Better pay? Selectively: Remarkably, wage growth didn’t slow following the pandemic shock, though so far it hasn’t taken off either. It’s accelerating especially for low-skilled workers, which have been affected by Covid-19 and are now in short supply given virus-related caution, restrictions and fiscal support disincentivising job search. As vaccination progresses, activity restarts and subsidies are discontinued, these shortages should ease and pay pressure for these types of workers diminish. As and when capacity utilisation rises further and, therefore, wages pick up more broadly, we’d see a higher probability of rising inflation, especially if it were to feed into higher inflation expectations – just like there’s an economic cycle, there’s an inflation cycle too. But, even then, automation will likely restrain pay increases. We hear about companies reporting higher selling prices these days, but some of them are also beginning to report plans to boost efficiency and cut costs.
More enduring pressure? Possibly: We believe that the spike in US inflation is mostly due to statistical effects (last year’s prices were very weak), commodity price pass-through and supply bottlenecks in the context of stronger demand as economies reopen. While the magnitude and duration are uncertain, this rise looks temporary to us. Over time, we expect inflation rates to converge again towards central bank targets. We can see how shortages and pent-up demand drive inflation temporarily above the Fed’s target. Just look at how much more expensive shipping a container from China to Europe and the US has become. How long this will last remains to be seen. But we also see that several upstream bottlenecks may have started to peak: US used car auction prices seem to have stabilised in late May; lumber prices have dropped sharply; copper prices, in line with our forecast, have started to decline; emergency fiscal benefits are expiring.
Here’s why this matters:
Fed policy | First thing first: Further out, labour markets are only likely to push wages higher at a faster pace when labour scarcity becomes an issue, which we don’t expect to happen for at least a few quarters. This is why we think the major central banks won’t hike interest rates for quite a while. There’s no particular reason for the Fed, given its new-ish average inflation targeting framework, to continue to project policy rates close to zero in the context of a strong economy and inflation, following the ongoing spike, staying at (just above) target. But there’s no particular reason to hike too soon either. The near-term focus is all about how and when to start tapering the central bank’s asset purchases. We would expect an announcement over the next few months, to execute from 2022 over one year. Only at that point, and after a pause to take stock, rate hikes are likely.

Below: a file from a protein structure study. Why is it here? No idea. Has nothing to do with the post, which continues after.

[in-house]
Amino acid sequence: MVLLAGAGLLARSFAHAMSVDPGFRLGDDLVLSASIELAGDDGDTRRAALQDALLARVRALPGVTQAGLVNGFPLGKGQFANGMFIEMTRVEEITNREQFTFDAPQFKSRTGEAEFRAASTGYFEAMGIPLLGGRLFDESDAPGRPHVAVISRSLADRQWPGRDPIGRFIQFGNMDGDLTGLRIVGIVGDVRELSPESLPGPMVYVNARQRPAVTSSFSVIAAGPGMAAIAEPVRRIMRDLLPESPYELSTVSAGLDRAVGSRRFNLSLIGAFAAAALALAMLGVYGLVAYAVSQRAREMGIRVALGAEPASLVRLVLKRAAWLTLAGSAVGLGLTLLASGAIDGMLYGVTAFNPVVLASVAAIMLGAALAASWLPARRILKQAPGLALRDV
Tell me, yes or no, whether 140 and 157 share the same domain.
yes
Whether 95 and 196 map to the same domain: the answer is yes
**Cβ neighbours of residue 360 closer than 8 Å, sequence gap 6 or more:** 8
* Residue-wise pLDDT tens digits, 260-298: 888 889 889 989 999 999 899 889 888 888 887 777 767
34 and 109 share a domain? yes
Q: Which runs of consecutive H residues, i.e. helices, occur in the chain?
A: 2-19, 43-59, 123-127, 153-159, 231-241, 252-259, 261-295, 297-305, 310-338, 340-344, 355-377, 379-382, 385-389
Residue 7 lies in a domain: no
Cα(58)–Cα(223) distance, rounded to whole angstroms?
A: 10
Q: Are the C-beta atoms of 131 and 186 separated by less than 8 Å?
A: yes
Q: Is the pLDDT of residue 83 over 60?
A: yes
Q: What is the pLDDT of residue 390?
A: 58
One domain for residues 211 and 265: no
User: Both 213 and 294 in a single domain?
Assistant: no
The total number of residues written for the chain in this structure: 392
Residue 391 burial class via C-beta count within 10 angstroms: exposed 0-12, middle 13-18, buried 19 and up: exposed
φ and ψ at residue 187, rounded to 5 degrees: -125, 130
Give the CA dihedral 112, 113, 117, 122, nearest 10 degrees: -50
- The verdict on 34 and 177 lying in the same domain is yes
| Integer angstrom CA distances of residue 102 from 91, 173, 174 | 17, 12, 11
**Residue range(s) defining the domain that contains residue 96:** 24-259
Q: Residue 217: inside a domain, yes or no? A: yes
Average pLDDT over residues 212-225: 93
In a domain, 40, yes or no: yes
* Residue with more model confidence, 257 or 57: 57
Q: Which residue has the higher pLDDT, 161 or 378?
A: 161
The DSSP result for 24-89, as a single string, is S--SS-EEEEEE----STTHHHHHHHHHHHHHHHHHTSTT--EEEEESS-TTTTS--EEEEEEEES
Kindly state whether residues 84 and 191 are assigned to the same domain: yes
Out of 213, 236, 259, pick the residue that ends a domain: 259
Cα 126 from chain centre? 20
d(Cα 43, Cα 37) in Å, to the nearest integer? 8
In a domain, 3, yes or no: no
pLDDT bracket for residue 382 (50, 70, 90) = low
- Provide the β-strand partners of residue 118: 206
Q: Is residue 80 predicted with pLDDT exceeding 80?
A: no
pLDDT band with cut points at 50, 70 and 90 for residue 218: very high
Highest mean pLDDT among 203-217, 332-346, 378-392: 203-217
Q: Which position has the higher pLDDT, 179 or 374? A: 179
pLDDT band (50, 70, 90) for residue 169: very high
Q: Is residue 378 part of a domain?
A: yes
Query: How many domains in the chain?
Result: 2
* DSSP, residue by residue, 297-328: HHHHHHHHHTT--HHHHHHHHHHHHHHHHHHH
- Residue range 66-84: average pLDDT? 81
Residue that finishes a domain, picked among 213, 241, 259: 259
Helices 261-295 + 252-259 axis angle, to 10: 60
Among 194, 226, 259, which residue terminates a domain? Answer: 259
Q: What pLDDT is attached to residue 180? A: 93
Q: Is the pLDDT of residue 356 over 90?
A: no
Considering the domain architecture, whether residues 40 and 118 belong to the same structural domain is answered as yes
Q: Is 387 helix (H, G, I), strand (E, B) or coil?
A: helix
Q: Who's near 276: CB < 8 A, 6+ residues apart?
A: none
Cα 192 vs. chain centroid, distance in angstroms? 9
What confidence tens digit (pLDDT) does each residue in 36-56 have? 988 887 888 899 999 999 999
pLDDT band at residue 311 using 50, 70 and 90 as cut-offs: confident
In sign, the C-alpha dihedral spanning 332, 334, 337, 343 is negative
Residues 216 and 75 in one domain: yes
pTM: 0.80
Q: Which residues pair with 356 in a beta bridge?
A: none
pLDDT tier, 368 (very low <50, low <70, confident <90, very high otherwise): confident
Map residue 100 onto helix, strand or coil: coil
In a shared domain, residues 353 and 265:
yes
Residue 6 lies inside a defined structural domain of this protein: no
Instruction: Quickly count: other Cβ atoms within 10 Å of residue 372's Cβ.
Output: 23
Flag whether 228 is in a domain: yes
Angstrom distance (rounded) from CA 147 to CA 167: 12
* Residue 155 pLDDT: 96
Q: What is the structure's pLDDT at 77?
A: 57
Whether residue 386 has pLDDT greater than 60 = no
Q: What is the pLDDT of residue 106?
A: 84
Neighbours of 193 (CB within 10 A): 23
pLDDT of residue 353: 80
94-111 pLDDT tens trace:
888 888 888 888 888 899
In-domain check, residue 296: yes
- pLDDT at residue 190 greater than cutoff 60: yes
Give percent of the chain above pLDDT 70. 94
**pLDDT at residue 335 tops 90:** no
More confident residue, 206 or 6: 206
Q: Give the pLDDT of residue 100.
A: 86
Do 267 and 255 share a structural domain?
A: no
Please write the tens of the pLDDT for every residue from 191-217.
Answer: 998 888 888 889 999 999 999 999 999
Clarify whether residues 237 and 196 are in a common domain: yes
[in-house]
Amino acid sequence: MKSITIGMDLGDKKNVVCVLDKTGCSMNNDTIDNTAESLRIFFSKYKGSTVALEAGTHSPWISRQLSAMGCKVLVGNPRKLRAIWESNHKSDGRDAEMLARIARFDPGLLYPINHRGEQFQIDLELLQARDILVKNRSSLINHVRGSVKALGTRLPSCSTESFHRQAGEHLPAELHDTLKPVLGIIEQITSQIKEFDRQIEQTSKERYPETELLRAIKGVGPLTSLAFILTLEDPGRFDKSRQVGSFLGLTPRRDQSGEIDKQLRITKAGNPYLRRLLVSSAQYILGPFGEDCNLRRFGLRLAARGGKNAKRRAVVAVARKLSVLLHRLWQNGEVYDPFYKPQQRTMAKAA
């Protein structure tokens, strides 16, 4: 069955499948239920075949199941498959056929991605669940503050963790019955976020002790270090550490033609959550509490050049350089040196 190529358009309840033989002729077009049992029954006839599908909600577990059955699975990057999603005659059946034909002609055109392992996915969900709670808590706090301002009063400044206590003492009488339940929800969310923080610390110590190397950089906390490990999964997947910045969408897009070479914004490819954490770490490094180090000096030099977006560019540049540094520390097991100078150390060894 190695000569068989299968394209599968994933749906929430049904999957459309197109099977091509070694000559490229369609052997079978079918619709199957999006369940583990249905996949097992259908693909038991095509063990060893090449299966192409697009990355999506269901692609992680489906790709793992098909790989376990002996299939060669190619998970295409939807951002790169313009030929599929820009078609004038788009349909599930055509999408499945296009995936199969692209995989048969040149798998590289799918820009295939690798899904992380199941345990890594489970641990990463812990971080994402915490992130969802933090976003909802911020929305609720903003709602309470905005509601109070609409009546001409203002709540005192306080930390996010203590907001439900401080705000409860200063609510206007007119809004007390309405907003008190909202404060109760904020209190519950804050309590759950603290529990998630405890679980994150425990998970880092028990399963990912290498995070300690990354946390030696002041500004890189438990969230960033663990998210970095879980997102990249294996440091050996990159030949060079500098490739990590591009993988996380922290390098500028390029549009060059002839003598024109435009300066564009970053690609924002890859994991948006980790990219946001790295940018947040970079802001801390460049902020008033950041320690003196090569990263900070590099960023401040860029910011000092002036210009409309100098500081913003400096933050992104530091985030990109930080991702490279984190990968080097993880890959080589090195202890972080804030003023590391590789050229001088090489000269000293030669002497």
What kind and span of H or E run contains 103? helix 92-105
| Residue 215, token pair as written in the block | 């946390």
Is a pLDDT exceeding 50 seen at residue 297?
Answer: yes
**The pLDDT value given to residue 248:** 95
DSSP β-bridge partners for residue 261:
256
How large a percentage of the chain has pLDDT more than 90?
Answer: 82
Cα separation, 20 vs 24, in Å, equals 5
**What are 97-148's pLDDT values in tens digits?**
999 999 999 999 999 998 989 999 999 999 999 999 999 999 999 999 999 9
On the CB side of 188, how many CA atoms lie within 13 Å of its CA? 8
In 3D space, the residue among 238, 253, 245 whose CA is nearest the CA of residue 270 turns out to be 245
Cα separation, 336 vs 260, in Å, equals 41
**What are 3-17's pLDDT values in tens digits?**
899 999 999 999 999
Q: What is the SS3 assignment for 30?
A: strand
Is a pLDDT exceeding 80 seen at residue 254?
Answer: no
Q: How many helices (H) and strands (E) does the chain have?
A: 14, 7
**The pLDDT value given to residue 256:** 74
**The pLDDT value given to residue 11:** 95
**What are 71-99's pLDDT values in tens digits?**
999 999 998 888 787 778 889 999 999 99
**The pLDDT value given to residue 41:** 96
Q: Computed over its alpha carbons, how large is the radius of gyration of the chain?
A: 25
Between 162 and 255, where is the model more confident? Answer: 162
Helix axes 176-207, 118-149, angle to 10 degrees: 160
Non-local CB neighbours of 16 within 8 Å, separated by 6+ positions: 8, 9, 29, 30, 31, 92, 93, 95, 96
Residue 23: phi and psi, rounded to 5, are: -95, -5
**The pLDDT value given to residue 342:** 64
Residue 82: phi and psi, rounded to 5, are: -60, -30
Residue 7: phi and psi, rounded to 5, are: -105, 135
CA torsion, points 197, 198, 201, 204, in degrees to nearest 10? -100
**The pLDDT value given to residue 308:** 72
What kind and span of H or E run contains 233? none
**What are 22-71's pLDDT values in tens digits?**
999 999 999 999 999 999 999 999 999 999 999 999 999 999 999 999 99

Real assets | Just in case: Our central bank rate forecast is more dovish than market pricing. For quite a while, our base case has been that the Fed would hike in 2023. But we don’t believe that the probability of a hike in 2022 is that high. A scenario where the European Central Bank hikes rates looks even more remote. However, the tension between strong data and the need to ensure easy financial conditions and affordable funding may trigger bouts of volatility, especially as markets may stay focused on near-term inflation risks in the context of central banks possibly remaining ‘behind the curve’. This may affect long-duration assets, including tech stocks, every now and then. It may also lead to gyrations in longer-term inflation expectations, a potential bid for real assets including equities, private markets and inflation-linked bonds, and inflation hedges like gold and commodities.
Meanwhile, recovery continues…
Heading into summer: The purchasing managers’ indices should have stayed at elevated levels in the US this month too, though expectations are for the headline figures to have moderated slightly. A similar dynamic could perhaps play out in the UK, with full reopening delayed by one month. The euro area should see solid numbers too, including in national surveys such as the German Ifo business climate, as improved vaccine rollouts and falling case numbers have allowed the easing of many restrictions. Across countries, though, any gain is likely to be driven by activity recovering further in services, while longer delivery times and supply disruptions could perhaps negatively impact manufacturing. On the inflation front, US core PCE is likely have accelerated to about 3.5%, but this won’t be much of a surprise to investors, given the spike in the CPI figures released earlier and, following the latest policy meeting, the Fed now projecting rate hikes in 2023. The Bank of England is likely to remain on hold.
Daniele Antonucci | Chief Economist & Macro Strategist
This document has been prepared by Quintet Private Bank (Europe) S.A. The statements and views expressed in this document – based upon information from sources believed to be reliable – are those of Quintet Private Bank (Europe) S.A. and are subject to change. This document is of a general nature and does not constitute legal, accounting, tax or investment advice. All investors should keep in mind that past performance is no indication of future performance, and that the value of investments may go up or down. Changes in exchange rates may also cause the value of underlying investments to go up or down.
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